- - Tuesday, December 31, 2019

Twenty years ago on New Year’s Eve 1999, Boris Yeltsin shocked the world by resigning the Russian presidency. Replacing him was a largely unknown former FSB agent named Vladimir Putin.

It’s hard to imagine now, but in the year 2000, it was still somewhat reasonable to be optimistic about Russia’s near-term future. The country was at least somewhat democratic and the media were largely unfettered. Capitalism was taking root. The economy was growing. It appeared to be tilting toward the West.

Vladimir Putin’s 20-year reign as president and, for a brief interregnum, prime minister, has been disastrous for Russia. Democracy has withered on the vine; dissident political figures are routinely locked up on specious charges. The media are muzzled. The economy is not free market or even really capitalist. It’s pure cronyism, with Mr. Putin’s friends and associates dividing up the spoils.

Russia’s economy is also driven almost entirely by drilling for oil, not a recipe for long-term growth. The promised diversification has never come. Corruption, meanwhile, is endemic and opportunities to break into the middle class are scant.

But don’t take it from us. Ask the Russian people. They’ve been voting with their feet by fleeing in droves. Not only has there been a steady exodus from Russia during Mr. Putin’s rule, but more people than ever want to hop the next train or plane abroad.

“A record one-fifth of Russians would like to leave the country if they could, a threefold increase from five years ago, the Gallup pollster said Thursday,” reported the Moscow Times, one of the few remaining independent news sources in the country. “Public polling inside Russia has indicated in recent years that between 17 and 20 percent of Russians were willing to migrate. Official data, which has been criticized for downplaying immigration figures, says Russia’s emigration numbers have reached a six-year record.”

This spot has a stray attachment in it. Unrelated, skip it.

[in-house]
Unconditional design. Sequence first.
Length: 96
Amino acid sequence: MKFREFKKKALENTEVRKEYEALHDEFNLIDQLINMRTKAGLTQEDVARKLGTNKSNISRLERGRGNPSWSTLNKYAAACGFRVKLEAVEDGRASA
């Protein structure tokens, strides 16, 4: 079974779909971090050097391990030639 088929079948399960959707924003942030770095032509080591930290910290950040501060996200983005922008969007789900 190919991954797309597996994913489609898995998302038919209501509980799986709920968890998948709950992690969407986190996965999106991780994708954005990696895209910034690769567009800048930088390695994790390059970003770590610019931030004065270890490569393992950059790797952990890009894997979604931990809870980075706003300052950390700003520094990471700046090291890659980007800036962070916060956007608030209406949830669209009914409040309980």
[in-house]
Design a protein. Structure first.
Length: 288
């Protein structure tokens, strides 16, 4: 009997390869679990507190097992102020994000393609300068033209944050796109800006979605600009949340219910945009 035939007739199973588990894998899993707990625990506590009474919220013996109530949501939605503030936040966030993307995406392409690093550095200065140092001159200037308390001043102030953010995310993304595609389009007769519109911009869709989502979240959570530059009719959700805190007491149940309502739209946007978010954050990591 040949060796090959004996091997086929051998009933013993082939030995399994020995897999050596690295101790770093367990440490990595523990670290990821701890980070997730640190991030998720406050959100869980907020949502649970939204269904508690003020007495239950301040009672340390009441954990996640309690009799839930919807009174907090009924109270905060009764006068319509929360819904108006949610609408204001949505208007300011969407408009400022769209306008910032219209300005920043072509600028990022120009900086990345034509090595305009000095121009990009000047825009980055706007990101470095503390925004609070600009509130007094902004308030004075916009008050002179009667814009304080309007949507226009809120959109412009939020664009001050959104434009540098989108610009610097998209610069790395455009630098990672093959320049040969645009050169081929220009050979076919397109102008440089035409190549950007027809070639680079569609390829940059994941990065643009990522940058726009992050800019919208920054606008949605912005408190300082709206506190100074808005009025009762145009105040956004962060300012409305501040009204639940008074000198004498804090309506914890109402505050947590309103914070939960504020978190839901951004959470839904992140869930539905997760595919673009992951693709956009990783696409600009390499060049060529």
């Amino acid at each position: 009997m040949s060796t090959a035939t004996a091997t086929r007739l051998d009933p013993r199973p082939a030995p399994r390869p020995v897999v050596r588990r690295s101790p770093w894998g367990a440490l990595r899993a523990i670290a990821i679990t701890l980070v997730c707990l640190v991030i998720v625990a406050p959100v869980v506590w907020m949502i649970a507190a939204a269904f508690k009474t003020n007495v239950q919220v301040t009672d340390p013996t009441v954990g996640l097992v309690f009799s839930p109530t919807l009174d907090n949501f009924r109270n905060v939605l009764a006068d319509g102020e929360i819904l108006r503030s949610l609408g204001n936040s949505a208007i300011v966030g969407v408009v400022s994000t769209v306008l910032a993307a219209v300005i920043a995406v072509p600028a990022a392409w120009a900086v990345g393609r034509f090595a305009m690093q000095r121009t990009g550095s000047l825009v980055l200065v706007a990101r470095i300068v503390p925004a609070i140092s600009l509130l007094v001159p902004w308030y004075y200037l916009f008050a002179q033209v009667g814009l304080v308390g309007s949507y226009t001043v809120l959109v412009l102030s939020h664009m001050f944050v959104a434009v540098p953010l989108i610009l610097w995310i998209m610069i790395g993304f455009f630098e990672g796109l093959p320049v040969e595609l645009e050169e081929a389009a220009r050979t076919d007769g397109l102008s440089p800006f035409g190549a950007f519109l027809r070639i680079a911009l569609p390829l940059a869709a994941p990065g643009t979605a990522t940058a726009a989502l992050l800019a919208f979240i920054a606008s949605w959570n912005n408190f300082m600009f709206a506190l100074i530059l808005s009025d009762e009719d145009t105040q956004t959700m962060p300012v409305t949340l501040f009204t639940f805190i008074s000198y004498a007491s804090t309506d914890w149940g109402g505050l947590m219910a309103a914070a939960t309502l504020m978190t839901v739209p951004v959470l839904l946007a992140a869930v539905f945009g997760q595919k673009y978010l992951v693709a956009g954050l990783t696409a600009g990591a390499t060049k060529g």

Those who can’t emigrate, unfortunately, die young. Russia is a public health disaster, with shoddy medical care and appalling alcoholism and smoking rates. The country’s life expectancy, particularly for men, is the stuff of third world countries. While it’s ticked up marginally in recent years, the average Russian man doesn’t even make it to 70. As of 2014, fully a quarter of Russian men were dying before they rang in their 55th birthday. It’s little wonder that, with high emigration, low life expectancy and a meager birth rate, Russia’s population is falling. Today it stands at 144 million, down about 2 million from the year Mr. Putin took office. And projections suggest the number of Russians will continue to fall throughout this century.

Mr. Putin’s foreign policy may, in the imagination of Washington Democrats, be the stuff of diabolical genius. Congressional Democrats blame Mr. Putin for everything from Donald Trump’s election to the existence of the NRA to Brexit. But the truth is more prosaic, and bad news above all for Russians (and perhaps especially Ukrainians). In 2014 Russia invaded Ukraine, annexed Crimea, and has continued to engage in a costly and bloody proxy war with its neighbor. The Kremlin has spent billions propping up its client in Syria, the bloodthirsty dictator Bashar Assad. What this reckless foreign policy has accomplished amounts to little for Russians or anybody else.

Russia is a cultural treasure trove, home to a warm and generous people. St. Petersburg is one of the world’s great cities. The Hermitage is one of the world’s great museums. Even the Kremlin is an architectural marvel.

But Vladimir Putin is a disgrace to the country that produced Tolstoy, Dostoevsky, Turgenev and Tchaikovsky. His 20 years in power have brought nothing but disaster.

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